“In the early days, I was able to externalise my emotions. There are parts of Tubular Bells that sound like heaven, with choirs and mandolins. With Ommadawn, too. With Return To Ommadawn, a similar thing has happened. It all boils down to who you are and what you’re feeling as a human being. That’s what comes out from the guitar. If you’re playing something because Eric Clapton did it, you’re not going to give much of yourself. It’s about connecting your playing with your innermost emotions.”
 
Return To Ommadawn revisits many of Oldfield’s calling cards. These two epic instrumentals slip gracefully between sounds and cultures, offering rousing choirs, tribal drums, manic flamenco rhythms and knife-through-butter electric lead. It takes time to compose these works, he says.
 
“An important thing for me are these new high-definition 4K computer screens, which let you see a whole piece of music in one lump, instead of scrolling. I start with an old clockwork metronome, then it’s basically just playing around.
 
“When I started this album,” he continues, “and I got the acoustics out, I found I could still play. The thing is, I learnt so young - I was already pretty good at 11 or 12 - that it’s part of my DNA.
 
“One problem was the hardness of my fingertips on my left hand. They’d gone all soft, so it hurts. Also, my muscles had gone a bit over the years. I’m into my 60s now. So I had to just work out on guitar for three weeks, get back into shape. But the technique was all still there.”
 
 

Return To Ommadawn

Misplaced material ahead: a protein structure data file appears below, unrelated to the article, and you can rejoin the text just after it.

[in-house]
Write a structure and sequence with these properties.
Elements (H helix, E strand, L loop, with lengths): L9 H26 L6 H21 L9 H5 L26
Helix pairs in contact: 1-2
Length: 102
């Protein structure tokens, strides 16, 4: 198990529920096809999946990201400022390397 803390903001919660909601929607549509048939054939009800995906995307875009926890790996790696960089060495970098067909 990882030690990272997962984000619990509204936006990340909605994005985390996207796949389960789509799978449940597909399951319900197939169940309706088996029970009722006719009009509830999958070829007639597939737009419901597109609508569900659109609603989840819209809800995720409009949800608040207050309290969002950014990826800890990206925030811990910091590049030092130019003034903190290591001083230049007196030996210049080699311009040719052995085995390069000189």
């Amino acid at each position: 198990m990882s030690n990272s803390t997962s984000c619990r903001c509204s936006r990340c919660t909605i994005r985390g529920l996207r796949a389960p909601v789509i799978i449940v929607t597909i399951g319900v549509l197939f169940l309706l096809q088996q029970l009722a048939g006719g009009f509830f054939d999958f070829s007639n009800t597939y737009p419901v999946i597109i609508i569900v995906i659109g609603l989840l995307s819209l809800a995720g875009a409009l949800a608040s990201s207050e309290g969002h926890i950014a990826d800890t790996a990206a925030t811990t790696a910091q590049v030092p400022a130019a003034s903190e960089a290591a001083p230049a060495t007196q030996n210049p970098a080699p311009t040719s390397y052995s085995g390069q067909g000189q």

Unfortunately, the equipment wasn’t. Following “a strange period” postmillennium, he decided to clear his entire studio and record 2005’s Light + Shade entirely on computer software.
 
Seeking to recreate the sound of the original Ommadawn, Oldfield bought a mandolin, ukulele and bodhrán. For the bulk of the acoustic work, meanwhile, he picked out an Andy Manson Heron, with its jumbo format, bear-claw spruce top and flame maple body.
 
“It’s lovely,” he says. “You know that a human being crafted this thing out of wood, by hand, after many years of experience. It hasn’t come out of some factory. For the Spanish sections, I’ve had this Paco De Lucia signature for 20 years. I didn’t want the Spanish [sections] to sound too good; I wanted them to sound spontaneous and human, leave the imperfections in there.”
 
As for his electric passages, Oldfield found himself hunting down old tools. “I found out recently that Gibson have remade the SG with the same pickups I used, the P-90s. It’s a very good recreation, almost better than the original. But it was still hard work. None of the plug-ins I could find sounded right. There’s no substitute, sometimes, for the real thing.